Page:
Ibrahim Shuaibu in Kano
Minister of Agriculture and Rural Development, Alhaji Sabo Nanono, has disclosed that Nigeria spent about $6 billion on importation of wheat from 2016 to June 2020. Nanono disclosed this at the weekend in Kano during a wheat stakeholders’ workshop, with the theme, “Transforming Wheat Production in Nigeria through Increasing Synergies and Adopting New Technologies.”
The minister said the wheat import bill, gleaned from statistics from the Central Bank of Nigeria (CBN), was unsustainable. He explained that national production of wheat stood at 420,000 metric tons annually, while national consumption was 5.26 million metric tons, leaving a deficit of about 4.5 million tons.
Nanono said, to bridge the gap, there was need for massive investment in the wheat value chain, backed by the right policies to protect the sector.
The minster, who was represented by Director, Federal Department of Agriculture, Hajiya Karima Babangida, stated, “The huge bill is unsustainable and underscores the need to develop the value chain in order to reduce its importation, enhance food security, create jobs, reduce poverty and conserve scarce foreign exchange.
“The ministry, through the Wheat Value Chain, has put in place various measures to increase wheat production and productivity as well as reduce the import bill. These include making available various classes of seeds to wheat farmers.”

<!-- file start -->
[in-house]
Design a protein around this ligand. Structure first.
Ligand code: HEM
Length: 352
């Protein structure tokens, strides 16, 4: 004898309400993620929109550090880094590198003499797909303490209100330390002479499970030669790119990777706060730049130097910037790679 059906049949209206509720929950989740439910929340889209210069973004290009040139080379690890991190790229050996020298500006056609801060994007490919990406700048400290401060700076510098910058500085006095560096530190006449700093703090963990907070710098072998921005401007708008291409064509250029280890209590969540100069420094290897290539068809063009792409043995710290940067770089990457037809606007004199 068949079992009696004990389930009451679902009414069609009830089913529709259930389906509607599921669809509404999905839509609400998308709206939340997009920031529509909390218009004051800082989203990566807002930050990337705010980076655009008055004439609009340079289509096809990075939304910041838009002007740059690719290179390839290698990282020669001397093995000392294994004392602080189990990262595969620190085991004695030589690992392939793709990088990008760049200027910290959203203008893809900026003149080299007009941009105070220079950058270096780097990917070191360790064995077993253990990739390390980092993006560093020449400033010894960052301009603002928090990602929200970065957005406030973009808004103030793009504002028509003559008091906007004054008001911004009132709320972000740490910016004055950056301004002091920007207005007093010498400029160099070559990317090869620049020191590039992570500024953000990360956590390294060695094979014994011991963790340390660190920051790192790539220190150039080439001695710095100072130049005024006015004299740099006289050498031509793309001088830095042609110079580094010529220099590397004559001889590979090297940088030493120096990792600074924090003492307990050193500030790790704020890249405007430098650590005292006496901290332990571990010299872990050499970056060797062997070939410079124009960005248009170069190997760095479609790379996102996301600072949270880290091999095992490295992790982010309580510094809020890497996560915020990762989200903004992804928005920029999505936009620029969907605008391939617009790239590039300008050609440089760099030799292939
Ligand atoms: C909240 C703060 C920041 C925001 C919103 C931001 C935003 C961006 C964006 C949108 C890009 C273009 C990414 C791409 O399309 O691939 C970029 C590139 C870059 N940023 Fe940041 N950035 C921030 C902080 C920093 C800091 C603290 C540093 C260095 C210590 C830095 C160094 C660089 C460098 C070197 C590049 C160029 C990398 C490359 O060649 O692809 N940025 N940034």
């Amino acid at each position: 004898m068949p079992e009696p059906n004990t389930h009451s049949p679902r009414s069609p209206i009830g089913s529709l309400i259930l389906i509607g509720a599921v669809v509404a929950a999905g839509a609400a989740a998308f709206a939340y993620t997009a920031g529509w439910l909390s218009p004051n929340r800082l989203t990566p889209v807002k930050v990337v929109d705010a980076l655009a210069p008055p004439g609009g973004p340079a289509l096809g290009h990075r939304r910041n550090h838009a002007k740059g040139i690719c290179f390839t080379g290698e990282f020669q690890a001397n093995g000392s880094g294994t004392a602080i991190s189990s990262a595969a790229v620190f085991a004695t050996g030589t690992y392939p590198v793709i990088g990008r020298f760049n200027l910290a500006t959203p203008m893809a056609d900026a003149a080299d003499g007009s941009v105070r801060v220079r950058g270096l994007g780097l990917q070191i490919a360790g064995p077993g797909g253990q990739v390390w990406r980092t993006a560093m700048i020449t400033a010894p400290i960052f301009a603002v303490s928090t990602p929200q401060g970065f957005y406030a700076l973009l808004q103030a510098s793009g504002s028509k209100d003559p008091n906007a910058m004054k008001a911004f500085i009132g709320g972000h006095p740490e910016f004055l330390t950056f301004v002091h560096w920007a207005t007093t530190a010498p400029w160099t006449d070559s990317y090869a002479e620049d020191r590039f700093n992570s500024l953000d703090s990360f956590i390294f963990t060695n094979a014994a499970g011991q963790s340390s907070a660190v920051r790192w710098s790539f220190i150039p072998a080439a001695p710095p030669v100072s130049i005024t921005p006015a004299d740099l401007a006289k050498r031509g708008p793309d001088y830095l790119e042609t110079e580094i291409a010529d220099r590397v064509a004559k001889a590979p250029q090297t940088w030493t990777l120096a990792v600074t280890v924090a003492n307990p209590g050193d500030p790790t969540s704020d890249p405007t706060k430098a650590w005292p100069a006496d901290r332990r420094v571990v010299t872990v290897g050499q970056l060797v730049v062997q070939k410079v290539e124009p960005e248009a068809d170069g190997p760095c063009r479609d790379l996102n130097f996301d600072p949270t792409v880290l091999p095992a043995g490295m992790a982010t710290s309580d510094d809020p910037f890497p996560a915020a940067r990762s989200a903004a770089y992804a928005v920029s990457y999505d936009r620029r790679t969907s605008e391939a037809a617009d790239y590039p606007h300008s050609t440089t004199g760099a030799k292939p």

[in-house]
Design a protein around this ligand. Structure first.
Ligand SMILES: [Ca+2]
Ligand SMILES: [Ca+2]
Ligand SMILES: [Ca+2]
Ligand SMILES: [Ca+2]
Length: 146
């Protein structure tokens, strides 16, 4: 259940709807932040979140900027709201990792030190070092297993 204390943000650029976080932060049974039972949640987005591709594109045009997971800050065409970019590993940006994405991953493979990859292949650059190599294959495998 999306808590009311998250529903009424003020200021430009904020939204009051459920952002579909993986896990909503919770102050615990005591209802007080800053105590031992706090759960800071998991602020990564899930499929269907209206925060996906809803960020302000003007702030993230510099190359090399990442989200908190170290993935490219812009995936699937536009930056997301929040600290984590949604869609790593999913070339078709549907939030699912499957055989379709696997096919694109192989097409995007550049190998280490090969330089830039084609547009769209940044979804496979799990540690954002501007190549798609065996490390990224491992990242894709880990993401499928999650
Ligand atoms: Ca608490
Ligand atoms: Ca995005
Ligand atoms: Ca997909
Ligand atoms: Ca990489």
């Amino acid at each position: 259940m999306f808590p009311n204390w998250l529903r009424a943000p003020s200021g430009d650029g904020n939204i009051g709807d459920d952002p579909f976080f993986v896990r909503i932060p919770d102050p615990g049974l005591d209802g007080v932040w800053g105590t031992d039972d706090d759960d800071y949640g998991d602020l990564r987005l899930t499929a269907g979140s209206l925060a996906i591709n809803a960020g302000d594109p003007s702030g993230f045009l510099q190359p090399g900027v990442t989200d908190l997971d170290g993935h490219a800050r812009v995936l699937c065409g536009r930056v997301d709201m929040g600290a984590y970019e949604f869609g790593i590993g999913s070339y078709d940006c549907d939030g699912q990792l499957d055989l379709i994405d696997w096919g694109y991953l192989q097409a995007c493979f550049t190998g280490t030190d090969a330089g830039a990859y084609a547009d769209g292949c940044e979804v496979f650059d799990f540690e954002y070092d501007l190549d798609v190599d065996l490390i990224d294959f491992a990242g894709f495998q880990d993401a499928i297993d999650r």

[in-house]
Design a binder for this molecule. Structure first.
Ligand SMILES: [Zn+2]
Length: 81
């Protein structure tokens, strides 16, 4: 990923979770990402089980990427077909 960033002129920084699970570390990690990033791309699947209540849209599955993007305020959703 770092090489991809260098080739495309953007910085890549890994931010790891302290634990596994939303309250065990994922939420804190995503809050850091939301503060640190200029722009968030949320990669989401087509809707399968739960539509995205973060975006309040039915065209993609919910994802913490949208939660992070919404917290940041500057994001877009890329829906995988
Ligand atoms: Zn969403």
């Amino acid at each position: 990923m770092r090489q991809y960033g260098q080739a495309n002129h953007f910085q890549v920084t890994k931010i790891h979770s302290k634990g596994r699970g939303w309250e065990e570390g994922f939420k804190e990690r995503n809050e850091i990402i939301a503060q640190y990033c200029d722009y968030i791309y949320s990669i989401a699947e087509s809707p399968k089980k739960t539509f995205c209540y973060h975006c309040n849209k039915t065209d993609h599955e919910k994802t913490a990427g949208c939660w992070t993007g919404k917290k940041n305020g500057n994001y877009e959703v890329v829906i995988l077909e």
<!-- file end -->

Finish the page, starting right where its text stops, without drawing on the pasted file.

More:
Nanono urged participants at the workshop to come up with strategies for meeting the country’s wheat demand. He said the objective of the workshop was to review the current status of the subsector, identify the challenges and opportunities, proffer solutions to these challenges, as well as chart a roadmap for the sector’s development.
He commended President Muhammadu Buhari for making agriculture the centre of his administration’s economic diversification agenda.
Nanono also commended CBN, Flour Milling Association of Nigeria (FMAN), and Transformation for Africa Agricultural Technologies (TAAT) for transforming Nigeria`s wheat sector and boosting local production.
Speaking earlier, Deputy Governor of Kano State, Mr Nasiru Gawuna, commended the federal government for prioritising agriculture. Gawuna, who is also the Commissioner for Agriculture, restated the state government’s commitment to agricultural transformation. He charged the participants to discover a robust method for boosting food production in the country.
The president of Wheat Farmers Association of Nigeria, Alhaji Salim Ahmad, urged the federal government to give priority attention to wheat, like it did to rice. Ahmad appealed to the government to fund research institutes in the country to enable them provide high yielding seeds for the farmers.